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Foods High in Protein & Low in Potassium & Sodium

author image Erin Beck
Erin Beck began writing professionally in 2008 as an opinion columnist for the West Virginia University student newspaper, "The Daily Athenaeum." She has worked in health promotion at the university and as a communications intern at the National Alliance on Mental Illness. She has a Bachelor of Science in journalism and a Master of Public Health, both from West Virginia University.
Foods High in Protein & Low in Potassium & Sodium
A plate of spaghetti on a table. Photo Credit mikafotostok/iStock/Getty Images


Excess potassium can cause weakness, paralysis, irregular heartbeat or even a heart attack. Too much sodium can lead to high blood pressure, increased risk of heart attack and stroke, eye problems and kidney disease. For those individuals with a history of heart failure, high blood pressure or diabetes, a diet overly high in any of these nutrients could be dangerous. Being aware of those foods that contain only moderate quantities of potassium and sodium while still conveying protein can be useful in such situations.


White rice, corn pasta, corn grits, cream of wheat, macaroni and spaghetti are all good sources of protein, according to the USDA National Nutrient Database for Standard Reference. For example, a cup of cooked, unenriched macaroni has about 8 grams of protein. However, be sure to choose pasta without added salt. A cup of cooked, unenriched short grain rice has 53 milligrams of potassium, while a cup of cooked corn pasta has 43 milligrams. A cup of stove top-cooked cream of wheat has about 15 milligrams of sodium.


People with heart failure may be advised to lower their potassium intakes. Some fruits contain protein as well as low amounts of potassium and sodium. A cup of raw blueberries has only 1 milligram of sodium and 114 milligrams of potassium, as well as one gram of protein. Rose-apples, grapefruits, plums and oranges are also fruits low in potassium and sodium but high in protein. Fruits are also an abundant source of essential vitamins.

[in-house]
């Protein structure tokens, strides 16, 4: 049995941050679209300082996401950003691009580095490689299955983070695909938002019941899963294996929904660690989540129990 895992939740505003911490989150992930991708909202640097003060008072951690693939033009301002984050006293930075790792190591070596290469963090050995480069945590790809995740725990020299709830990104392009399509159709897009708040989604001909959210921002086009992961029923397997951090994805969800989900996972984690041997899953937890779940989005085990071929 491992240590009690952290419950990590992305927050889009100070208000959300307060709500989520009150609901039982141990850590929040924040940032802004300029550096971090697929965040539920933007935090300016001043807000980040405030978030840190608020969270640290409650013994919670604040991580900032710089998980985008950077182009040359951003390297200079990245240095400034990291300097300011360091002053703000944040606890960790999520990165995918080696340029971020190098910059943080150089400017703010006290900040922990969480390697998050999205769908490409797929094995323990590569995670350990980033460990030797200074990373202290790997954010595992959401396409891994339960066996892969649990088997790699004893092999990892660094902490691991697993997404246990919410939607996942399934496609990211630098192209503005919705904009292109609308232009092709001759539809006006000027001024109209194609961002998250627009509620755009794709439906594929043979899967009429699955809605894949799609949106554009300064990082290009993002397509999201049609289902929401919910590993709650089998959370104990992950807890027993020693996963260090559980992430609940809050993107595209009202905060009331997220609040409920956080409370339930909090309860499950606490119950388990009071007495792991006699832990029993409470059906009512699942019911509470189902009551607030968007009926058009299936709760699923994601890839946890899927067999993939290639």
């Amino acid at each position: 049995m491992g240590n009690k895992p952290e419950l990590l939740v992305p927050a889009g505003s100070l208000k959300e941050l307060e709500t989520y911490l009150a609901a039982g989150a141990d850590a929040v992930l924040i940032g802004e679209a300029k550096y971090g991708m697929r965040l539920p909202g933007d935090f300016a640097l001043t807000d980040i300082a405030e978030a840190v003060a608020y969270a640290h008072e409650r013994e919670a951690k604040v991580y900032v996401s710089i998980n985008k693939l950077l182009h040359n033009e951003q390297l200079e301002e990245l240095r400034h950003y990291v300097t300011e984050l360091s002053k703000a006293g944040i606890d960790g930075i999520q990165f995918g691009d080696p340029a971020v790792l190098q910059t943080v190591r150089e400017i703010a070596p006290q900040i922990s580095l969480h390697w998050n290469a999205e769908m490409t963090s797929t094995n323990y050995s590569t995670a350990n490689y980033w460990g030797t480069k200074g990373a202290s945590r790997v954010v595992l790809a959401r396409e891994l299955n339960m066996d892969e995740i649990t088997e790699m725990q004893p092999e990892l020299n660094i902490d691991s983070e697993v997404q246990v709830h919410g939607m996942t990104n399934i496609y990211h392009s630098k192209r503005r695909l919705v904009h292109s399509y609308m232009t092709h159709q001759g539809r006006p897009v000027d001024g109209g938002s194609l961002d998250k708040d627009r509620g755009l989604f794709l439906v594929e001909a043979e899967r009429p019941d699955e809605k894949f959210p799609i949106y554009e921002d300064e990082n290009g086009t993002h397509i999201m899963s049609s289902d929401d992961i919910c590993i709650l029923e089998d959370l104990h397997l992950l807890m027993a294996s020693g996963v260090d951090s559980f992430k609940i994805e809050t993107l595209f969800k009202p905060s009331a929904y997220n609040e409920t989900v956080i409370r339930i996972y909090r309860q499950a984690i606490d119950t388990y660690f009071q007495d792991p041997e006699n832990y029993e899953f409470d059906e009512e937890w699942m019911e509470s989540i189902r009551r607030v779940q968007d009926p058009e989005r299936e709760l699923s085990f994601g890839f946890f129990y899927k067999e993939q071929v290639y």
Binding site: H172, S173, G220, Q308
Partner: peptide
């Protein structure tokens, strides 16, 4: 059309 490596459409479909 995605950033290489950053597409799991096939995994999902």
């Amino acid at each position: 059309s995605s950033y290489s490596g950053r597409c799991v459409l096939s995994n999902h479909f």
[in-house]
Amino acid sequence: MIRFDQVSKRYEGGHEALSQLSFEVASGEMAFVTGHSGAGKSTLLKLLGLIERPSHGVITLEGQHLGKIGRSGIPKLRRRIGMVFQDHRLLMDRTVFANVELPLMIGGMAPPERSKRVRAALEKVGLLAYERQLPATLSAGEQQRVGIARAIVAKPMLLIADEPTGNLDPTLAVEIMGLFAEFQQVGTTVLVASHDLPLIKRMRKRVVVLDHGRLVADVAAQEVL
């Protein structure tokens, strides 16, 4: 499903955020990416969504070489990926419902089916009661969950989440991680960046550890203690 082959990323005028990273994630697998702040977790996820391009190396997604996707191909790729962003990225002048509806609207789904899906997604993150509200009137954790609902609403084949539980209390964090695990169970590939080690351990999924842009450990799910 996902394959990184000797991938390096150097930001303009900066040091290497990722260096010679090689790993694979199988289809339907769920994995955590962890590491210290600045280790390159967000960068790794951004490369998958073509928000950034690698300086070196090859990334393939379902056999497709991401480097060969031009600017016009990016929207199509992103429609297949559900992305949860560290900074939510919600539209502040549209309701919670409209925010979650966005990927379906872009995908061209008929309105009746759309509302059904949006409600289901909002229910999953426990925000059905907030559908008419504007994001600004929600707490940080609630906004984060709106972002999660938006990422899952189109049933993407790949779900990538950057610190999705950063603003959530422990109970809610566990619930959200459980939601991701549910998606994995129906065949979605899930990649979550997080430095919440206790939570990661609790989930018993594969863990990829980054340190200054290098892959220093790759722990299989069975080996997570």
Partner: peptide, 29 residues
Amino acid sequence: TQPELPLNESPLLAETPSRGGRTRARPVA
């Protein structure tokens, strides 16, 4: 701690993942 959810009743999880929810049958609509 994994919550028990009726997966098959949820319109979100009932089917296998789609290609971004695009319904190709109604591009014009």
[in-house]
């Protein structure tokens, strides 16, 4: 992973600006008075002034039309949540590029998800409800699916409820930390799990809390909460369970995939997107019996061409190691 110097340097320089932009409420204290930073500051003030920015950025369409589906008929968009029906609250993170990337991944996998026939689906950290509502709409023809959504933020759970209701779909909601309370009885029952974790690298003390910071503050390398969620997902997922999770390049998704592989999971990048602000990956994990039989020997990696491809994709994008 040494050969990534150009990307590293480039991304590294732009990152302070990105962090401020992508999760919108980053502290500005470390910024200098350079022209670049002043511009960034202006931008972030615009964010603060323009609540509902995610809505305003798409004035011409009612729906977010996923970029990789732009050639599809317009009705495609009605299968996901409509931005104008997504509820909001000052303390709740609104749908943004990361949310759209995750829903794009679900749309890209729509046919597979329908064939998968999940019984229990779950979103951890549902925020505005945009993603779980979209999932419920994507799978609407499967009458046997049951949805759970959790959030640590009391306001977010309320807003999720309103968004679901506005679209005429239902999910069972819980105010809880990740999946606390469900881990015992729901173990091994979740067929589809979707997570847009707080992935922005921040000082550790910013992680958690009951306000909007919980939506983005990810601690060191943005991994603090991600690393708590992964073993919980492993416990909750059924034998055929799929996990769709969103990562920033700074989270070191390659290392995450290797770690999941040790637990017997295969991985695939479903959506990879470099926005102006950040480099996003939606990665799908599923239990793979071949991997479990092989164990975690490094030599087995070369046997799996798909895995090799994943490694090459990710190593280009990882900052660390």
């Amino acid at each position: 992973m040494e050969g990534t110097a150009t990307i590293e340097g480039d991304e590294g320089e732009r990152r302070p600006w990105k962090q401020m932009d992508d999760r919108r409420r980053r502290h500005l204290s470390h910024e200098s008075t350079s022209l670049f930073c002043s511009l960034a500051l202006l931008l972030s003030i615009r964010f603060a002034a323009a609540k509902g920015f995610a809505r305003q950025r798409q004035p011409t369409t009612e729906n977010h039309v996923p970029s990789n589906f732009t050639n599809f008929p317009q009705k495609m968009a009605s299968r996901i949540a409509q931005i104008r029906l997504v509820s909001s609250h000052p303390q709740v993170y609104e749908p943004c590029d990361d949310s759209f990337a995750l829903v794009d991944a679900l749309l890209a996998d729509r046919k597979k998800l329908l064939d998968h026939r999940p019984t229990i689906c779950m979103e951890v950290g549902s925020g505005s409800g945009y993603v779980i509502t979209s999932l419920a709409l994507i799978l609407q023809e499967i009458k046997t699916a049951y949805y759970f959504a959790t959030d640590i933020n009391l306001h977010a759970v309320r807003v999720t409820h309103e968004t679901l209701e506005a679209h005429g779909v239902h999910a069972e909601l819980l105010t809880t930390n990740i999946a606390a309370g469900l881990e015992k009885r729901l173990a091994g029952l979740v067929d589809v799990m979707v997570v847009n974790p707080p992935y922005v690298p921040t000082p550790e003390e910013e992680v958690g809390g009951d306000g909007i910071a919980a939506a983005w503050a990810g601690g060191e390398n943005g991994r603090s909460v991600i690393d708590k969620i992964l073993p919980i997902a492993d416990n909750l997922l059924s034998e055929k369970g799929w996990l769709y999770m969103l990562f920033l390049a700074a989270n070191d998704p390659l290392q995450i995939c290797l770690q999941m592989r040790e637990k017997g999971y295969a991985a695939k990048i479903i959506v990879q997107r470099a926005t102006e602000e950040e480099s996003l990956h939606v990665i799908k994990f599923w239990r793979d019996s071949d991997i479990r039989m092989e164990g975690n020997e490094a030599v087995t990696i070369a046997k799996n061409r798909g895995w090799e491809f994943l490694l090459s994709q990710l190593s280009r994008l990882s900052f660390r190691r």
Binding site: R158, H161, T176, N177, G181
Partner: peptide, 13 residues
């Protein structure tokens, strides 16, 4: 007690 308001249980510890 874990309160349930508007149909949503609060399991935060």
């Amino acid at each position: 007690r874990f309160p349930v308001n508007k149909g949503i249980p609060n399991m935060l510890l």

People who have kidney disease may be at risk of high potassium levels, according to DiabetesSelfManagement.com. If you suffer from kidney disease, nuts are a good dietary choice because they are low in potassium. An ounce of pecans contains no sodium and only 120 milligrams of potassium. An ounce of pecans also has almost 3 grams of protein. Acorns, peanuts, butternuts or hazelnuts are also good choices. However, be sure to choose only unsalted nuts. Nuts are also a good source of healthy fats.


Vegetables are a good dietary choice for people watching their sodium intakes because they contain little sodium. A cup of sliced summer squash contains 1.87 grams of protein, 2 milligrams of sodium and 319 milligrams of potassium. Fiddlehead ferns, sweet corn, eggplant, peppers and cucumbers are also good dietary choices. Vegetables are also good for weight loss, because they are filling and low in calories.

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